HOW TO OVERCOME MONEY POWER AND MUSCLE POWER IN ELECTIONS?


India got her freedom from the British in 1947.But we still see her in all her glory and shame, her growth and stagnation. There is no doubt that India is the largest free democracy in the world with great fanfare and rejoicing. The point is driven home through reminders well presented by the media evoking national pride.

  Demands have been made from time to time for electoral reforms and the demand has grown more urgent with the passing of time. It is demanded that persons holding positions of high office of the chief election commissioner and members of the Commission at the Centre and state levels should be barred from accepting any office of profit in the Government or elsewhere on retirement.

   However, the most pressing demand of the opposition has been the demand for the state funding of elections. At present, most of the expenditure on election is met by company donations and donations from big houses, and this in turn results in many evils and malpractices. It increases the role, power and influence of large industrial concerns and capitalists. It is pointed that to eliminate these evils, and to do away with corruption in high places, is the urgent need of the hour.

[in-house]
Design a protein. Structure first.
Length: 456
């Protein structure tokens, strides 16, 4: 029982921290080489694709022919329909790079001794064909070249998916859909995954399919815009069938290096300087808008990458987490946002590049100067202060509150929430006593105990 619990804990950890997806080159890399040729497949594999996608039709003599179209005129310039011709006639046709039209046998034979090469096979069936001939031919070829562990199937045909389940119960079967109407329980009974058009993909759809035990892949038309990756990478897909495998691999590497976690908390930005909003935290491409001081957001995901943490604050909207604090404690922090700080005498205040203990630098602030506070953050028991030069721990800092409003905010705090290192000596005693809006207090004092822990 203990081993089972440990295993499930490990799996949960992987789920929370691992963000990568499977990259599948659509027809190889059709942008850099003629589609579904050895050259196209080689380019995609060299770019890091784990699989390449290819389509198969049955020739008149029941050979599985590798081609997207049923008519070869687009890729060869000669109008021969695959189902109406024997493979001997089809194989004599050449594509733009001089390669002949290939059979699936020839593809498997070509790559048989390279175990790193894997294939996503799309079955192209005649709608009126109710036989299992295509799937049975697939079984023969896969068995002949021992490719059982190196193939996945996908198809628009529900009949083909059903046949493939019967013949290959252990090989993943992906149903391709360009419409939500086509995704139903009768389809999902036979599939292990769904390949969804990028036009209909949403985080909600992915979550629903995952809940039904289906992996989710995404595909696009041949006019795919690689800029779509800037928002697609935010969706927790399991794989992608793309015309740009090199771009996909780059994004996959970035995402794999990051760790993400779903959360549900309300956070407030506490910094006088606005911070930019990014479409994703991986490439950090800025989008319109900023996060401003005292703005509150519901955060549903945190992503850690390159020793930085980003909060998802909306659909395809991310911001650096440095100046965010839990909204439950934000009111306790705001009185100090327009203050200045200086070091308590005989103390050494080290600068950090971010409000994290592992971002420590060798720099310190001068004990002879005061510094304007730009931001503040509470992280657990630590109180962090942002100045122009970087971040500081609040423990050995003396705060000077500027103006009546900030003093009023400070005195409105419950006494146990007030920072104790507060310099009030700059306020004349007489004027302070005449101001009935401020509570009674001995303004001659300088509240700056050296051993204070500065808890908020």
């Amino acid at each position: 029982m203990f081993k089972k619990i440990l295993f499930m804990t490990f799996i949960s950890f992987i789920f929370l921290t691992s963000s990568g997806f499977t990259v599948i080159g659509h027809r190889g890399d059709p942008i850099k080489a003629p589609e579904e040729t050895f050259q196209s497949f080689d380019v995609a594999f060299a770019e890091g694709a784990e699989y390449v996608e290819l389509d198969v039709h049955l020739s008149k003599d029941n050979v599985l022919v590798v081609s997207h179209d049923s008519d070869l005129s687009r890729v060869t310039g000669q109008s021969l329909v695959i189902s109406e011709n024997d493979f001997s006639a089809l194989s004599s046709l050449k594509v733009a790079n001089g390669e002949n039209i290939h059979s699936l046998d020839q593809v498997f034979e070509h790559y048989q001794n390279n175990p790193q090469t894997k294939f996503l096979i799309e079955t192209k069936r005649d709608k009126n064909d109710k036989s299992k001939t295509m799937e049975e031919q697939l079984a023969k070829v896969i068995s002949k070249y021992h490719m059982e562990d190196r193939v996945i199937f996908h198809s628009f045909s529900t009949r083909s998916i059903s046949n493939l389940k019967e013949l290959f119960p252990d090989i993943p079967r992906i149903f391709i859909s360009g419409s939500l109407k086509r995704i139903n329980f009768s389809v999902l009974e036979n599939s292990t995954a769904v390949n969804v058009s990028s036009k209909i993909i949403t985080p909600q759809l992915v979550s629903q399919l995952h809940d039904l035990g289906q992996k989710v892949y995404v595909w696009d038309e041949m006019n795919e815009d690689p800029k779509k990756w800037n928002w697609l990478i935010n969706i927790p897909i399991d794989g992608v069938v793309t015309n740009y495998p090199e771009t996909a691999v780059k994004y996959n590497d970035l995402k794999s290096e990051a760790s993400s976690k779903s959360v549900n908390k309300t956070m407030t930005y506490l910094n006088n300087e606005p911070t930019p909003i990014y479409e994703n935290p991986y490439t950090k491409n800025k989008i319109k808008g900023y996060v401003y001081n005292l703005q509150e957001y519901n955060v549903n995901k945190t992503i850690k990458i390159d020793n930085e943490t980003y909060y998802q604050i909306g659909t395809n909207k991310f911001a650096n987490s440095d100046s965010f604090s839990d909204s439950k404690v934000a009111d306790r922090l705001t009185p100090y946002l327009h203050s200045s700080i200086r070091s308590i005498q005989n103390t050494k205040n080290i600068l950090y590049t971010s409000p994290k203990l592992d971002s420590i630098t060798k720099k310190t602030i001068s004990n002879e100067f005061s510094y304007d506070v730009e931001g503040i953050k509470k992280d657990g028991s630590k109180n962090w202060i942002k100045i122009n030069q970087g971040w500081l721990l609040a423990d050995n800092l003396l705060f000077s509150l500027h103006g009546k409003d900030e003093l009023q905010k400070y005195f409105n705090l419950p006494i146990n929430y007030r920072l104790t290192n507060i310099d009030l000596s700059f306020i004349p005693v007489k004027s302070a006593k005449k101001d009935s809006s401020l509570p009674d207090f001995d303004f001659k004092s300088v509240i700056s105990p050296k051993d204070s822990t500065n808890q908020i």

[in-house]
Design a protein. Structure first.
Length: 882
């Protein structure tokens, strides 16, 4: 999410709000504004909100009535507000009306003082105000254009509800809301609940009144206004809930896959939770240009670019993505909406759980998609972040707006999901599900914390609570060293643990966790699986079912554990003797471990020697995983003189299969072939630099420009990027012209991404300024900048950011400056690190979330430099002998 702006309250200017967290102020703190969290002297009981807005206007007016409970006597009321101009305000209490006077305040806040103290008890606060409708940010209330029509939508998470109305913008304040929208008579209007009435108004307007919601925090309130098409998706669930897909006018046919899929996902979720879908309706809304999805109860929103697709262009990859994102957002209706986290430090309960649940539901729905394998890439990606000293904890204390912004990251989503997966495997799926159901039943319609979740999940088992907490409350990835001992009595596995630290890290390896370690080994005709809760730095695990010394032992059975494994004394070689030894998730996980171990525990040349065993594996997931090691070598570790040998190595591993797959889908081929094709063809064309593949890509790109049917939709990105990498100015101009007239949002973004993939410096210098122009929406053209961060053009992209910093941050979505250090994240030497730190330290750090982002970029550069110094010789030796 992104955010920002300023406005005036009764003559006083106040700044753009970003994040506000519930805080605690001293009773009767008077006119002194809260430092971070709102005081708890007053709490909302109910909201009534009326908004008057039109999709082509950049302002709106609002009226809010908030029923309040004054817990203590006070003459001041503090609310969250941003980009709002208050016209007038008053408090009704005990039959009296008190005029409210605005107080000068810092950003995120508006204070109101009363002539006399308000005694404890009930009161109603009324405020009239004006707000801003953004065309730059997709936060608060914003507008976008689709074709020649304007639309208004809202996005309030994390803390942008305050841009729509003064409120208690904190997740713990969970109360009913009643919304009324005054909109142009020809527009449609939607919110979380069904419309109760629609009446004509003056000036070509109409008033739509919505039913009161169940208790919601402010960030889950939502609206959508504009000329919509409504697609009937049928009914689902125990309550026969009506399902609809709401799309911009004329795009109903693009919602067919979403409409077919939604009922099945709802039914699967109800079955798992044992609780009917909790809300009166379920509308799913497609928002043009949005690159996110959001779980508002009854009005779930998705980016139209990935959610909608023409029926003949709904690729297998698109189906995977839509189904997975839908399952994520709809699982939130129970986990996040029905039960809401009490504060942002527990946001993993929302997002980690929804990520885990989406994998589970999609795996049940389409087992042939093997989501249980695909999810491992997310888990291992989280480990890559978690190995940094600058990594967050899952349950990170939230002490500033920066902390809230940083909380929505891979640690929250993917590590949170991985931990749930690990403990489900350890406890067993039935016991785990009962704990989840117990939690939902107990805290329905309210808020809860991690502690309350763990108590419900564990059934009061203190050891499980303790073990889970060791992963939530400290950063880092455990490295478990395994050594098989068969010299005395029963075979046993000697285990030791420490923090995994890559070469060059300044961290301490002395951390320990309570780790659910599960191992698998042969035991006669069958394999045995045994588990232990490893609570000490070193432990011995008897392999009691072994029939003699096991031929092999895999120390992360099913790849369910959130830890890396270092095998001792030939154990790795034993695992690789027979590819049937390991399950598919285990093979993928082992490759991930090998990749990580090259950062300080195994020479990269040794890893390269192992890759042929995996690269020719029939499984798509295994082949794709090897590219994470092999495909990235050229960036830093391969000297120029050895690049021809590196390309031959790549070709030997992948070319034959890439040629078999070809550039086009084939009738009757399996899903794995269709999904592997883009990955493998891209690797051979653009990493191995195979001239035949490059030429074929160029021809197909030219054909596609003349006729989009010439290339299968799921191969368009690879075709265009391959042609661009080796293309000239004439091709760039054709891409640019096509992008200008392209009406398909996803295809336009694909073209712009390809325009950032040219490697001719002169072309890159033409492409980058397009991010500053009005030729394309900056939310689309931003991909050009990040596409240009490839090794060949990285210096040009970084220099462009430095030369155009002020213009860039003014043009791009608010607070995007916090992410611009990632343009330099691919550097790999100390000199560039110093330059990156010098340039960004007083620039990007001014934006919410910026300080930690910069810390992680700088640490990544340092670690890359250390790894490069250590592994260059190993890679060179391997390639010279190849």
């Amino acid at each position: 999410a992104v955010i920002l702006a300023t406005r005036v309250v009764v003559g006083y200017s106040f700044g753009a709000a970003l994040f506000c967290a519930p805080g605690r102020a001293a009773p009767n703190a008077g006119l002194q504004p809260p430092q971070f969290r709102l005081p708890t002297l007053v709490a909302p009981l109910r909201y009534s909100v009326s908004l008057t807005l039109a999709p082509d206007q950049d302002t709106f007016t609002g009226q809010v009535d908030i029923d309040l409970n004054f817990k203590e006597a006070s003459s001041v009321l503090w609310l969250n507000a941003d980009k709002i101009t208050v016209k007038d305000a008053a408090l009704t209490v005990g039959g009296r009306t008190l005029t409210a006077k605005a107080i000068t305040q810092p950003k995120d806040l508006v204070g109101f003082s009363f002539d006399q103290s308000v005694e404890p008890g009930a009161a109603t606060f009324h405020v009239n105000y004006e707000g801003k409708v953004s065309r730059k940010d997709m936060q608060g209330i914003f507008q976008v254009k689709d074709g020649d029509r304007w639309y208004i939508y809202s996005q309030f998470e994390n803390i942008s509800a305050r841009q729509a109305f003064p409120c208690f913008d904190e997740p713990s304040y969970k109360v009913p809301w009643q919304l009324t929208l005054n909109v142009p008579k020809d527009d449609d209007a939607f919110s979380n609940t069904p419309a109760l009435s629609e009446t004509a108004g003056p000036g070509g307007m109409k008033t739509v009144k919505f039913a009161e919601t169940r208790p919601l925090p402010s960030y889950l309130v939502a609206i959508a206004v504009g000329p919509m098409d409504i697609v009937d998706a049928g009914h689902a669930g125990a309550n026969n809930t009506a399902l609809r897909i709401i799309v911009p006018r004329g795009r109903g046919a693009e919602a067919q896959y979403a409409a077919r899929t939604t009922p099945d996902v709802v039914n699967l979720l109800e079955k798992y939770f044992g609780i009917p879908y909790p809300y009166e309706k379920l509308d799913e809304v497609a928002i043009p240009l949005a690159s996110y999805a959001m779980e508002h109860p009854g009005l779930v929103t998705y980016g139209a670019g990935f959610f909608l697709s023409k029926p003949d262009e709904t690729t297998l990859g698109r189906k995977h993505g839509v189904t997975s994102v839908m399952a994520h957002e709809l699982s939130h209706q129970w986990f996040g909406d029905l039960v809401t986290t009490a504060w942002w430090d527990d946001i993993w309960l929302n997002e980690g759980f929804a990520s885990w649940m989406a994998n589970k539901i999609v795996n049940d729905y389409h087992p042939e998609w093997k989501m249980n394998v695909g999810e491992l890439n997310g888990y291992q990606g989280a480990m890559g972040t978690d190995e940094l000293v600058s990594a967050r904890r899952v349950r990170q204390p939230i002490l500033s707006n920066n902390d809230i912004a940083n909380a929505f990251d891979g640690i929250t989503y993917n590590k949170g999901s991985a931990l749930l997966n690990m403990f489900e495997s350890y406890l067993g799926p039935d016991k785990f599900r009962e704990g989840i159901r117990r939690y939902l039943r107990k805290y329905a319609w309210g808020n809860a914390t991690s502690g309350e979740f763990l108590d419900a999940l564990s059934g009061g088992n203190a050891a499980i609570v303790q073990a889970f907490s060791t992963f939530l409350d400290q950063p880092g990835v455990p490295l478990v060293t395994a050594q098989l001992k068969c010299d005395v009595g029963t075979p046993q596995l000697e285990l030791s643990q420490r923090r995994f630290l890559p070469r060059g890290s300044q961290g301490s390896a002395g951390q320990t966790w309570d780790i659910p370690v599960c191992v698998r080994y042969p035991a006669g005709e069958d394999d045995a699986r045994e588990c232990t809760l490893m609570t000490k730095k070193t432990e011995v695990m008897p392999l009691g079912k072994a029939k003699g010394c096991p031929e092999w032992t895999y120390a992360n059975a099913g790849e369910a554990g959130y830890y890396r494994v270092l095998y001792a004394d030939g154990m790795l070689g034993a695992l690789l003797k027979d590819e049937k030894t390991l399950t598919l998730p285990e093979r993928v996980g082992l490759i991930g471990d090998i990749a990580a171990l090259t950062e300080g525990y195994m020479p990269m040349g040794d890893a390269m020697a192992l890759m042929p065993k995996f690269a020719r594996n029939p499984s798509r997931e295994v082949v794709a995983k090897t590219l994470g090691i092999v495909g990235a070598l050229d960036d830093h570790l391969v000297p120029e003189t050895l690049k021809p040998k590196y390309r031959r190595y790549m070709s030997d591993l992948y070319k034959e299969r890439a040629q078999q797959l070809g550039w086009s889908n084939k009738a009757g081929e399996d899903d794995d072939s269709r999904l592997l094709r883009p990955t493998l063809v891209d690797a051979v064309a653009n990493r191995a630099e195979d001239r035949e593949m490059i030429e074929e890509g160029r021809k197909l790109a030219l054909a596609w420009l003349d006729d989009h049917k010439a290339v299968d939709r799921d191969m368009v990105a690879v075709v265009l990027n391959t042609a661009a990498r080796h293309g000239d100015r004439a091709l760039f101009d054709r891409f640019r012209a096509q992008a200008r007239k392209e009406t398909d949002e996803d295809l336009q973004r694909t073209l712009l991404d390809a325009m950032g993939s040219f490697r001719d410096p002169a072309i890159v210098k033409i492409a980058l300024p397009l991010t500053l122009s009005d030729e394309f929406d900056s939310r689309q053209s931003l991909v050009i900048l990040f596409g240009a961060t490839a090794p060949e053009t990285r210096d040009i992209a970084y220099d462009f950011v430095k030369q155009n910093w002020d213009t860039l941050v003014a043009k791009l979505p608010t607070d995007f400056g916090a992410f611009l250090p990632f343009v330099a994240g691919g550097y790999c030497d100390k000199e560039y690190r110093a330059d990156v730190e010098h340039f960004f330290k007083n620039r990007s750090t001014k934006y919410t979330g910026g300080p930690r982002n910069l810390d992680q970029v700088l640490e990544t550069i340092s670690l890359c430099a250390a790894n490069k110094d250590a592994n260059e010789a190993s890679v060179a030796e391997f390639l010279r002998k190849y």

At present, candidates or the parties to which they belong have to raise their own resources. So the contesting and winning of an election, has become an expensive affair. It is certainly beyond the reach of common man who is left behind with no funds or resources equal to his rich fellow contestant, even though he has the right to contest. As a candidate’s prospects in any election depend upon his resourcefulness in many ways, a ceiling on election expenditure is essential. Moreover, company donations to political parties and individual politicians continue to be the curse of the Indian Electoral System.

     To check election malpractices, to reduce the heavy financial burden on individual candidate or parties, state funding of elections is necessary. There is every reason for introducing state aid in India, but this should be in kind and not in cash. Use without charge of public places and buildings for election meetings, free but limited supply of stationery, free postal services for canvassing material, sufficient time on radio for party broadcasts, a limited amount of petrol and diesel and help in paying for newspaper advertisements, are all desirable.

     A candidate is not free to spend as much as he likes on his election. The law prescribes that the total election expenditure shall not exceed the maximum limit prescribed under Rule 90 of the Conduct of Election Rules, 1961. It would also amount to a corrupt practice under sec 123 (6) of R. P. Act, 1951. There are tight legal limits on the amount of money a candidate can spend during the election campaign. Recent amendment in October 2003 has increased these limits. For Lok Sabha seats in bigger states, it is now Rs 25 lakhs. In other states and Union Territories, it varies between Rs 10 lakhs to Rs 25 lakhs. Similarly, for Assembly seats, in bigger states, it is now Rs 10 lakhs ,  while in other states and Union Territories, it varies between Rs 5 lakhs  to Rs 10 lakhs .Thus the reform should also impose restrictions on the candidate’s party.